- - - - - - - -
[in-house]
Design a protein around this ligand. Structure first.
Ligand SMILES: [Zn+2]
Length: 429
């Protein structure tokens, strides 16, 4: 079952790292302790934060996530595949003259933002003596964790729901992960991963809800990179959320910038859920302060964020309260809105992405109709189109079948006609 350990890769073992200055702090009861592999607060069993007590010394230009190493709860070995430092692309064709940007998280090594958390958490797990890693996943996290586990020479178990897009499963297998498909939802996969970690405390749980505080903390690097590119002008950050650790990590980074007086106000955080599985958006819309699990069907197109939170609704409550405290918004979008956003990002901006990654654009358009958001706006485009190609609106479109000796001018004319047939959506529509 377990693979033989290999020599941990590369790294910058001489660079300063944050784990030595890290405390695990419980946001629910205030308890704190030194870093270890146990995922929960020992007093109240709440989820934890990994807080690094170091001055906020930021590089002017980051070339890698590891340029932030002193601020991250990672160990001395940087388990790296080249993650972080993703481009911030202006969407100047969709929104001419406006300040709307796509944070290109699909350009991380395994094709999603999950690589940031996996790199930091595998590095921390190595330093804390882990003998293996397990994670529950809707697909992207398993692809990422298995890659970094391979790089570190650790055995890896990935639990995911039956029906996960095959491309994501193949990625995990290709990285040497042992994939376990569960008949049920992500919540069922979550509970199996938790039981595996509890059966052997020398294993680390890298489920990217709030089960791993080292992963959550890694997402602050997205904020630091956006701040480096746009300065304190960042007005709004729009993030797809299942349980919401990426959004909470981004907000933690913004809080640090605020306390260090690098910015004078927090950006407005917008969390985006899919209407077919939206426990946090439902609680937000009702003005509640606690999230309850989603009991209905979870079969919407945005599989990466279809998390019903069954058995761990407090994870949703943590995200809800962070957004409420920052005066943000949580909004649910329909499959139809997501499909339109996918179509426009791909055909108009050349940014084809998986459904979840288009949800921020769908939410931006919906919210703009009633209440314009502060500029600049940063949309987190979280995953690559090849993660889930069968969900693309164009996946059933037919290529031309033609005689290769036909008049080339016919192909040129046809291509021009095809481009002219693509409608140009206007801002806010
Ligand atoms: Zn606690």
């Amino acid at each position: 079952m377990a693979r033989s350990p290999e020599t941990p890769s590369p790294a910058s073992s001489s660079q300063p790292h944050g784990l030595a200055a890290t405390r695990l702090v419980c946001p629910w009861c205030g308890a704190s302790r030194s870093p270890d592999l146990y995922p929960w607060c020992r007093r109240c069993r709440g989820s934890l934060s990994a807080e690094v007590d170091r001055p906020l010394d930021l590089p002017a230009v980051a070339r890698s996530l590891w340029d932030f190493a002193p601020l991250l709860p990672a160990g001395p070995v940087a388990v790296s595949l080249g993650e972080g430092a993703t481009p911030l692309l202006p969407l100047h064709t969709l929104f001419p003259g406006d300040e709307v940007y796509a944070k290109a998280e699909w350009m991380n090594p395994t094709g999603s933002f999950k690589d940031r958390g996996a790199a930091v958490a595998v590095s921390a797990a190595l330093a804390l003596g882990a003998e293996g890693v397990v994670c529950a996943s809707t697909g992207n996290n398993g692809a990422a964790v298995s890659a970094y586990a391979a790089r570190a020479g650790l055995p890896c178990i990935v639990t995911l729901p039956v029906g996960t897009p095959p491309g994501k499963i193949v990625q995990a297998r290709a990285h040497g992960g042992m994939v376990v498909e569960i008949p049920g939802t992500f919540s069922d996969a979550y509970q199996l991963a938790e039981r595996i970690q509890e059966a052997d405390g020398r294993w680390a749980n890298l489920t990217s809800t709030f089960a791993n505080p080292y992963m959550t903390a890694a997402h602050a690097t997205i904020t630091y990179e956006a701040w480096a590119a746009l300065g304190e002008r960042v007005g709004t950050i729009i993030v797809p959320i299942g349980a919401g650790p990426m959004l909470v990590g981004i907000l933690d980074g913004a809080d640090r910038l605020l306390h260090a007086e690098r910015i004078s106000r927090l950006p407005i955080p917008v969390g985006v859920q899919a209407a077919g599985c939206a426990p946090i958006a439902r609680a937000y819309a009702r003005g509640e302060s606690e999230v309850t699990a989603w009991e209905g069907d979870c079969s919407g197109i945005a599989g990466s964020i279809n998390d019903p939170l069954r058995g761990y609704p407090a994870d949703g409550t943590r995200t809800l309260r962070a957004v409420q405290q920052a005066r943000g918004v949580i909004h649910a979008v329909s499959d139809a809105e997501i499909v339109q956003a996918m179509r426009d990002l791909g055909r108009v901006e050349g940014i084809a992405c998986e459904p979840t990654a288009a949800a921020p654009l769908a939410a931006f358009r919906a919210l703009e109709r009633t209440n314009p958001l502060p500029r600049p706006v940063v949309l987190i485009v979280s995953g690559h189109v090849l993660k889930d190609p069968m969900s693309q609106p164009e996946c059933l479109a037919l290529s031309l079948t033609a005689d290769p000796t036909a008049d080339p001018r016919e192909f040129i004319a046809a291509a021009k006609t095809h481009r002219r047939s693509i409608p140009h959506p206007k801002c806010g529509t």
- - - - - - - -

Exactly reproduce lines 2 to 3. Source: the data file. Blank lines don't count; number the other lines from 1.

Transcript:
Design a protein around this ligand. Structure first.
Ligand SMILES: [Zn+2]